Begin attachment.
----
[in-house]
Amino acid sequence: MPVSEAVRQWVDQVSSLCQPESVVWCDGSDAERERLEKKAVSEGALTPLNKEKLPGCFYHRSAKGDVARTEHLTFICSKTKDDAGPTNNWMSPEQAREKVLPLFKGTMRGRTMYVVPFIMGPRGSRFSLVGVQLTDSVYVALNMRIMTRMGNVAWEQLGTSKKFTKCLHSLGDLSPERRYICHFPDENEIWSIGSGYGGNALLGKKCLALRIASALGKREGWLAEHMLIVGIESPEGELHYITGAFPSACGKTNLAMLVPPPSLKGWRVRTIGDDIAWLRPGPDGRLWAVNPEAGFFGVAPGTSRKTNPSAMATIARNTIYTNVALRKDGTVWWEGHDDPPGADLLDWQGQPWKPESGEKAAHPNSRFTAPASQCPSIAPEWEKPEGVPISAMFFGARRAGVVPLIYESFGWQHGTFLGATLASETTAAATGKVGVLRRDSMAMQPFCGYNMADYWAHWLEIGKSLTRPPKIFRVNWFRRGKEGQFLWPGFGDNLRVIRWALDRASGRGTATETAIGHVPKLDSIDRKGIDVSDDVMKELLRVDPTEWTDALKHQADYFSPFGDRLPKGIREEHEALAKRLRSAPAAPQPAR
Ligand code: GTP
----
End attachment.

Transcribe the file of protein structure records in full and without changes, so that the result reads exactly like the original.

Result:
[in-house]
Amino acid sequence: MPVSEAVRQWVDQVSSLCQPESVVWCDGSDAERERLEKKAVSEGALTPLNKEKLPGCFYHRSAKGDVARTEHLTFICSKTKDDAGPTNNWMSPEQAREKVLPLFKGTMRGRTMYVVPFIMGPRGSRFSLVGVQLTDSVYVALNMRIMTRMGNVAWEQLGTSKKFTKCLHSLGDLSPERRYICHFPDENEIWSIGSGYGGNALLGKKCLALRIASALGKREGWLAEHMLIVGIESPEGELHYITGAFPSACGKTNLAMLVPPPSLKGWRVRTIGDDIAWLRPGPDGRLWAVNPEAGFFGVAPGTSRKTNPSAMATIARNTIYTNVALRKDGTVWWEGHDDPPGADLLDWQGQPWKPESGEKAAHPNSRFTAPASQCPSIAPEWEKPEGVPISAMFFGARRAGVVPLIYESFGWQHGTFLGATLASETTAAATGKVGVLRRDSMAMQPFCGYNMADYWAHWLEIGKSLTRPPKIFRVNWFRRGKEGQFLWPGFGDNLRVIRWALDRASGRGTATETAIGHVPKLDSIDRKGIDVSDDVMKELLRVDPTEWTDALKHQADYFSPFGDRLPKGIREEHEALAKRLRSAPAAPQPAR
Ligand code: GTP